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Office design for an investment bank and a fast food delivery company are completely different: apparently not

Workplace Week 2019 took place from 11-15 December, where we were allowed through the doors of some of London’s most innovative and creative workspaces for a ‘behind the scenes’ tour. Our Workplace Week blog series takes a look at the workplaces we visited and the ways of working of businesses including Deliveroo, ASOS, Dr Martin’s and more.

This week I took part in Workplace Week and visited the London offices of Deliveroo and Australian bank Macquarie. The two companies, whose businesses are poles apart, have surprisingly similar workspaces.

Deliveroo, the market-leading takeaway delivery company setup in 2013 in London by two Americans on scooters, have expanded to 32 offices in 13 European countries. Headquarters for 1,000 employees is a multi-floor river-side office above London’s Cannon Street Station.

Copyright: Image courtesy of Business Insider

Copyright: Image courtesy of Business Insider

In contrast, Macquarie is an Australian bank that is celebrating its fiftieth year. Their stylish UK and European HQ near London, Moorgate houses 1,700 employees. The multi-floor office features a dramatically lit red staircase that runs through the middle of the office floors, which has meant less lift usage.

Both offices are strikingly similar, they have multiple floors providing all the extras that employees expect these days – free drinks and snacks, gyms, changing rooms, quiet/prayer rooms and a variety of workspaces. However, the most noticeable similarity is the flexible style of working made possible by providing employees with laptops and mobile phones. This means that office planners haven’t had to provide one desk per person – both companies have ratios just under 1.5 persons per desk. The benefits are clear. The most obvious is the cost-saving from the reduced space required, but a less formal environment also encourages freer and more creative ways of working (with more pleasant surroundings), allowing employees to work where, when and how they want.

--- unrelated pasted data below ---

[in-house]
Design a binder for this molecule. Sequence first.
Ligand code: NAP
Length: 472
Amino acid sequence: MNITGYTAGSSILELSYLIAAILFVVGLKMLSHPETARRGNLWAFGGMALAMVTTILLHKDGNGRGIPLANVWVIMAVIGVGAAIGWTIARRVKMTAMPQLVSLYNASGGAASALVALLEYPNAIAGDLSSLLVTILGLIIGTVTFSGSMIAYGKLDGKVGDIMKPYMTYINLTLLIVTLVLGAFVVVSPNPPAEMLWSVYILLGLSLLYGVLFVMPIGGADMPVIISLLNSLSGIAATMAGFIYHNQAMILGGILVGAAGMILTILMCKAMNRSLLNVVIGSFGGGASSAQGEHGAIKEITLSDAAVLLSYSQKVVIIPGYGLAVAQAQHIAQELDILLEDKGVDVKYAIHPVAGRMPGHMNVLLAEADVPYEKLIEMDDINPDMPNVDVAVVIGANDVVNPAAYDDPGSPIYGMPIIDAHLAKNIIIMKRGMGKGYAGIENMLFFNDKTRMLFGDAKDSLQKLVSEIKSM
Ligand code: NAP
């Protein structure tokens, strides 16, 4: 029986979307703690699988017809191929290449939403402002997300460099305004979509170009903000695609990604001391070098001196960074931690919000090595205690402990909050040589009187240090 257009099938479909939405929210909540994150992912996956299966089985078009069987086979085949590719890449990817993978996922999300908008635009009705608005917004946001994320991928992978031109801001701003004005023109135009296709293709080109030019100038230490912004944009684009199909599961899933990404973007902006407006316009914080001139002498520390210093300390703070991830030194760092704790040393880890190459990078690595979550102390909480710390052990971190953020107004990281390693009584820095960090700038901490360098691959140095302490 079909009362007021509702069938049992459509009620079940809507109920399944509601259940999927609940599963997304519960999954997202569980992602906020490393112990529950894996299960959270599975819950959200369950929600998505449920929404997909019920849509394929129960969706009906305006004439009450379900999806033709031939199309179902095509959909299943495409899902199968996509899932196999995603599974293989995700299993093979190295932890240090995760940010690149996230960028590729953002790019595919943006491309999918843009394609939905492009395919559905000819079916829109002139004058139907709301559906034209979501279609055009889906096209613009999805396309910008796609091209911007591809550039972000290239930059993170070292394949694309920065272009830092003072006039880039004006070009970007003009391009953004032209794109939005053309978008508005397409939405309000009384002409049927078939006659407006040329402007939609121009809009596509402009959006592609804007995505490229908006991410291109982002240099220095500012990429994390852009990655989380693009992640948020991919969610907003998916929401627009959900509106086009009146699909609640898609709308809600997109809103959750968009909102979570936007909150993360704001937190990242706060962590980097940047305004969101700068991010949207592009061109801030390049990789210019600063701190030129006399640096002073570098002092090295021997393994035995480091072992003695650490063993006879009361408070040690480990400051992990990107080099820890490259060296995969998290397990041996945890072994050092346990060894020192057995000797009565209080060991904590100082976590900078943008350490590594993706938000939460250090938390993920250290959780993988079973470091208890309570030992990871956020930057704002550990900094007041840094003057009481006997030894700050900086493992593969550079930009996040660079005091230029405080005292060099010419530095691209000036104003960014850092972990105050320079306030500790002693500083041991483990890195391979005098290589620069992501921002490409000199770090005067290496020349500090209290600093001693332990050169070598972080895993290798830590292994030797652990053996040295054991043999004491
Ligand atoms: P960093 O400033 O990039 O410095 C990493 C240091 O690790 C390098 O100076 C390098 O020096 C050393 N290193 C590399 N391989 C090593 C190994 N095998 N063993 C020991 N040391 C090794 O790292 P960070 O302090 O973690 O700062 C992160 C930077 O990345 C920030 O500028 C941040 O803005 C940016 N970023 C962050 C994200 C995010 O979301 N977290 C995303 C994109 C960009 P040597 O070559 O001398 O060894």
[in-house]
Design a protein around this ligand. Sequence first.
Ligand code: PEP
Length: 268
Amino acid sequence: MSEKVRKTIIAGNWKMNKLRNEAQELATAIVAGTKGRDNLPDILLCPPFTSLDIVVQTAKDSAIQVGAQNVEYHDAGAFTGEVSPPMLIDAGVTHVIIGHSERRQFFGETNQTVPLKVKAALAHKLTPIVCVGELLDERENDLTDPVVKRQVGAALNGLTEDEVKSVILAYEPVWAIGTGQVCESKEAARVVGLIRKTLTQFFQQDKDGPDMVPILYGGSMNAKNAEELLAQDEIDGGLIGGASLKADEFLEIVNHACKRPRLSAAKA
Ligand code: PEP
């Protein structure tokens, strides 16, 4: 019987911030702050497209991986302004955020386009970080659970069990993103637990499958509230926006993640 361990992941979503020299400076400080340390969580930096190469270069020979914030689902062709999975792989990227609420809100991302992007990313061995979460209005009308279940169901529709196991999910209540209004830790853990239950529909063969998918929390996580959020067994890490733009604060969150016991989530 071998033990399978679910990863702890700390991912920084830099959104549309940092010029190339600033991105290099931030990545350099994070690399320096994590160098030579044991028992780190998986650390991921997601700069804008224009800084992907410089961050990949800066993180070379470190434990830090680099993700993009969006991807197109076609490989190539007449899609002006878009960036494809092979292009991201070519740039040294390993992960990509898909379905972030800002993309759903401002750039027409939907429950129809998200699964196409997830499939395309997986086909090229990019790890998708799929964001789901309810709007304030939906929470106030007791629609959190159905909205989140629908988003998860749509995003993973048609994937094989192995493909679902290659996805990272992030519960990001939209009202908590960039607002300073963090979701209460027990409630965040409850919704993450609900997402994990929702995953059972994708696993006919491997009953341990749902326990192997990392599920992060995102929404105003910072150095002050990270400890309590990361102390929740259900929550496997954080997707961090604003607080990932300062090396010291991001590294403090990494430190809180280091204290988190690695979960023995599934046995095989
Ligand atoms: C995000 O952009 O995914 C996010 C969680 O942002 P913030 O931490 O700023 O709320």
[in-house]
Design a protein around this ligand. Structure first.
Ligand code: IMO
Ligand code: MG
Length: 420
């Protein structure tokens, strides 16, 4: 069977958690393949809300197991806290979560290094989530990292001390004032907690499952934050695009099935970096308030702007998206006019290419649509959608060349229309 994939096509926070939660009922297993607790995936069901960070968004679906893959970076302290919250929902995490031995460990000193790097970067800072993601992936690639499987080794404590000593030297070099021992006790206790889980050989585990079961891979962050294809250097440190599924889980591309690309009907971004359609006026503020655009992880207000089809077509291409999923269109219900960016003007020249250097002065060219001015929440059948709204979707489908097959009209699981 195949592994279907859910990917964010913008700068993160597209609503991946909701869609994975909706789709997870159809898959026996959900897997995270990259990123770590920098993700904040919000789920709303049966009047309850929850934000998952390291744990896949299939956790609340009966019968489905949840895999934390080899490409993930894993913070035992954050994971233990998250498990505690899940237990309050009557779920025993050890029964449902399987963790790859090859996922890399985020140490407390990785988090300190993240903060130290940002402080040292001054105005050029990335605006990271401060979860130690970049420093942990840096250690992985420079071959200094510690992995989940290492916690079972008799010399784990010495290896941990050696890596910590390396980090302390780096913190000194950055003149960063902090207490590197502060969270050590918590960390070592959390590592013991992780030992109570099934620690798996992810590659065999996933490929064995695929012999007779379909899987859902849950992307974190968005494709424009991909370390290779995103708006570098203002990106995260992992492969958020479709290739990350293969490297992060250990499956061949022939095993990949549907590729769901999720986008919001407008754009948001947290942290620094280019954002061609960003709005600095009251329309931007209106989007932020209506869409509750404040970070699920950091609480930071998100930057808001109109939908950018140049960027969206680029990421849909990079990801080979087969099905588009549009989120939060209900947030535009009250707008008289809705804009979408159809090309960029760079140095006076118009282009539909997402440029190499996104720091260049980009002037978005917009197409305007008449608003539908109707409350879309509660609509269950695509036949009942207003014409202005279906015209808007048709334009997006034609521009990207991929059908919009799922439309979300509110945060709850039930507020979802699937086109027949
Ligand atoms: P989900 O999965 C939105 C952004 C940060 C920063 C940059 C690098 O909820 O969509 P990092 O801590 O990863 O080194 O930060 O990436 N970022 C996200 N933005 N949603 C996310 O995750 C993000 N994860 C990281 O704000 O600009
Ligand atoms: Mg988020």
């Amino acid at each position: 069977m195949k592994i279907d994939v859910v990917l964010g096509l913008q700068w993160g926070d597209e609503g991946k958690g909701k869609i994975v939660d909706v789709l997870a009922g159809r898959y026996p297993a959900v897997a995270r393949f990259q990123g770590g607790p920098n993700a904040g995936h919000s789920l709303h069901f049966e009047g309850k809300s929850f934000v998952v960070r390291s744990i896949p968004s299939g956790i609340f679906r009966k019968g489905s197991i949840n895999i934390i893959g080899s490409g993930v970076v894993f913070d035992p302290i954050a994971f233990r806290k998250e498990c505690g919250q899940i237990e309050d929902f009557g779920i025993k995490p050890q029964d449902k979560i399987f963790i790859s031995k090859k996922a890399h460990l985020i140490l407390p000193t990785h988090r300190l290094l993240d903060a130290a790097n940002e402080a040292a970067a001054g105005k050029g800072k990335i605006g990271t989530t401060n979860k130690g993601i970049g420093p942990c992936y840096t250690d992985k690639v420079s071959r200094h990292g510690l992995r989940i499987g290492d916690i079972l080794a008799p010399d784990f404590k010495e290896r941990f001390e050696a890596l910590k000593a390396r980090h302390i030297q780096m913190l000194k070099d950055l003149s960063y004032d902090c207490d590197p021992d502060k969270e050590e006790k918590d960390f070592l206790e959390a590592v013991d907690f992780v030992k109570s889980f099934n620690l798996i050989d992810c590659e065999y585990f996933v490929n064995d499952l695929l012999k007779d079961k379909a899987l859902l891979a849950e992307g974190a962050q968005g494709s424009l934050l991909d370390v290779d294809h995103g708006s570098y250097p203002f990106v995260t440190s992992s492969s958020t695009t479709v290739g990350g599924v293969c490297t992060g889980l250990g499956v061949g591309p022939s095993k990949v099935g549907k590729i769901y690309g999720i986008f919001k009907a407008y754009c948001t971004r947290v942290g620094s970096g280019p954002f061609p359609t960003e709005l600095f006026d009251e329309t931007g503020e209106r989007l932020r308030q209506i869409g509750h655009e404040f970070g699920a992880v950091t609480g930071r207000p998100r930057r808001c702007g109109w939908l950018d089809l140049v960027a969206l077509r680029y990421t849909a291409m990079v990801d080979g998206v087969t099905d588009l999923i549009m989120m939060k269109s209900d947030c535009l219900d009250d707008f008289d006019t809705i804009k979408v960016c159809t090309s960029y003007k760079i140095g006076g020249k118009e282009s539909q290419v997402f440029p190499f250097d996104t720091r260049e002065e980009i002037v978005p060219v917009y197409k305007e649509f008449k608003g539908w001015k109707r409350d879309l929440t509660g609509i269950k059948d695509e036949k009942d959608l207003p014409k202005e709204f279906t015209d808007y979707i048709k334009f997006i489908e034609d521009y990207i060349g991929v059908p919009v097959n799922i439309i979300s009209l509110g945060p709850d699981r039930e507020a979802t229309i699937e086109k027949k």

Copyright: Image courtesy of Clive Wilkinson Architects / The Cool Hunter

Copyright: Image courtesy of Clive Wilkinson Architects / The Cool Hunter

However, there are still the old problems of noise and what people do with their belongings. Both companies have included sound dampening devices, small meeting pods to create quiet works spaces and the pedestal drawers have given way to personal lockers, which need to be closely managed by the office management team.

A bigger question arises from this looser, flexible space and style of working. If employees are encouraged to work in a mobile way with no real physical space that is theirs, does it affect their commitment to the company that they work for? The jury is still out.

Copyright: Image courtesy of Business Insider

Copyright: Image courtesy of Clive Wilkinson Architects / The Cool Hunter

 

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